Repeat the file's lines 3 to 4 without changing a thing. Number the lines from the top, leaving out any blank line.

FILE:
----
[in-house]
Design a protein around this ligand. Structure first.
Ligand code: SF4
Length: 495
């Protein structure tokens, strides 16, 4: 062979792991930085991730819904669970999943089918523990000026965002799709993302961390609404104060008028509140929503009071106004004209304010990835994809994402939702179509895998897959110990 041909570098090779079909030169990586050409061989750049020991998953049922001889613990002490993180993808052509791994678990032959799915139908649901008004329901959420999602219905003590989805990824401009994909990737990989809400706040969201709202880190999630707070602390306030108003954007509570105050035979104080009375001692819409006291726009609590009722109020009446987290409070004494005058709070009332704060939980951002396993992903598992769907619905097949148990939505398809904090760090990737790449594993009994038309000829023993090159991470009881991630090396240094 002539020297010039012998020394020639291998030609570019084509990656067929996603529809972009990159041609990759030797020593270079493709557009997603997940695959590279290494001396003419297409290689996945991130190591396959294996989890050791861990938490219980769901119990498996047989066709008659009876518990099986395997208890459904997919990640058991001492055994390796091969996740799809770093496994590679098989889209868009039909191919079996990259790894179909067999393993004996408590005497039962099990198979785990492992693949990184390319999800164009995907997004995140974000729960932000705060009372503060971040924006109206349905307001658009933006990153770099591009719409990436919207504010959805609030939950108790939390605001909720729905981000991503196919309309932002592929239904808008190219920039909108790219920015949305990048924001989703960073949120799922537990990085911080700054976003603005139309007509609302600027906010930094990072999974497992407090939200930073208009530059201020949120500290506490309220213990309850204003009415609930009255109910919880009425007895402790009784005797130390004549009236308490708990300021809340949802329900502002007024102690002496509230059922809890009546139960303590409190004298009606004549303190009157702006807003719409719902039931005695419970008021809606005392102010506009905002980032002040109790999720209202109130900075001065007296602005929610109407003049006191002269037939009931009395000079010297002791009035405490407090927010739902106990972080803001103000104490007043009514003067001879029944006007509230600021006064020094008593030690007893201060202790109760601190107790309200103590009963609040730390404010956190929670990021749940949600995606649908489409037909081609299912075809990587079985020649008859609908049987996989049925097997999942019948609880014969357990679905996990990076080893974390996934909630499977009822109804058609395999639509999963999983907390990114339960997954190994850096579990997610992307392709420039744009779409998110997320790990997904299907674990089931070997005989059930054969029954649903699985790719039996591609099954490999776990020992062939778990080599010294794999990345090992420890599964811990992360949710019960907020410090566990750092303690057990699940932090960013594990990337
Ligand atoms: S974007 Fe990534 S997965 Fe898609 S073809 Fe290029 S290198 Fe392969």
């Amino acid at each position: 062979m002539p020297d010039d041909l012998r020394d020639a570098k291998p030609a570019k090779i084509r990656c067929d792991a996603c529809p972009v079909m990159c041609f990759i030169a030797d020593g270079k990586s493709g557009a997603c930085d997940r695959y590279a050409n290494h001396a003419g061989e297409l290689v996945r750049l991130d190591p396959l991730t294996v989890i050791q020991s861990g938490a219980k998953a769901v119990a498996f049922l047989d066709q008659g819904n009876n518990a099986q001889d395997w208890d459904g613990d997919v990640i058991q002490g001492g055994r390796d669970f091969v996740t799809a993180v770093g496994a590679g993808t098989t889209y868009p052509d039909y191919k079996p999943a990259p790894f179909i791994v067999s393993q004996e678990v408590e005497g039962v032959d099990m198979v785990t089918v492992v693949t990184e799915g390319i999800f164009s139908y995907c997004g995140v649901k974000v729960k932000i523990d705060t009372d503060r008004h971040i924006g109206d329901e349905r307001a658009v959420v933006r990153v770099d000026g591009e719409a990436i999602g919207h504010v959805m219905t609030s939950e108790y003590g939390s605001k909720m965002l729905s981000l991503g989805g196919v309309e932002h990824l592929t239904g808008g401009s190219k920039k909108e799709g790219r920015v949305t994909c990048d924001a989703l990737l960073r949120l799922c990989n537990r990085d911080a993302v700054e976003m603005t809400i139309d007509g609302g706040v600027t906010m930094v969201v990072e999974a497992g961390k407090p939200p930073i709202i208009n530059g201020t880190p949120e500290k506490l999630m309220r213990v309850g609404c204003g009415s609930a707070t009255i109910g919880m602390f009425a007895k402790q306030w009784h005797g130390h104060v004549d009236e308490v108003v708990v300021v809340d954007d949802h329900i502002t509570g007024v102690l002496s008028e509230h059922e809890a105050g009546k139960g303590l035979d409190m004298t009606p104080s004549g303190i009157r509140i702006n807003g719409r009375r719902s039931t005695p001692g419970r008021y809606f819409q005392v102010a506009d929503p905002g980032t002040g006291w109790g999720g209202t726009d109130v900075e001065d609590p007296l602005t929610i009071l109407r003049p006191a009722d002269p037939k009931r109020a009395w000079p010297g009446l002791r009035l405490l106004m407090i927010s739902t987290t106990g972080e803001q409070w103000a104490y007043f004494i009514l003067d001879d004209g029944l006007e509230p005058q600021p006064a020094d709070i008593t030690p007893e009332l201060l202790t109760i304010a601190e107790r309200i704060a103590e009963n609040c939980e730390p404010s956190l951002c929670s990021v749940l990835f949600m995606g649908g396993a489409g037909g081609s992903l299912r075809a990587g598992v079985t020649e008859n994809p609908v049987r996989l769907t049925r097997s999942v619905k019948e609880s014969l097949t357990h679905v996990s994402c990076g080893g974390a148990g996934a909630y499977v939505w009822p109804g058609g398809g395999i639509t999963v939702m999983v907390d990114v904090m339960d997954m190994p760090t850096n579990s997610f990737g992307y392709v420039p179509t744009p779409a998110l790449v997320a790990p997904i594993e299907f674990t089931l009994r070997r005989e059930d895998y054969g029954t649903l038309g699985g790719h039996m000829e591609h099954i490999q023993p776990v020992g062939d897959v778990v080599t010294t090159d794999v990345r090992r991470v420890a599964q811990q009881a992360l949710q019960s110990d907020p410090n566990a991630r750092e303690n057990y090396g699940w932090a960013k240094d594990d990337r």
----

Ligand code: SF4
Length: 495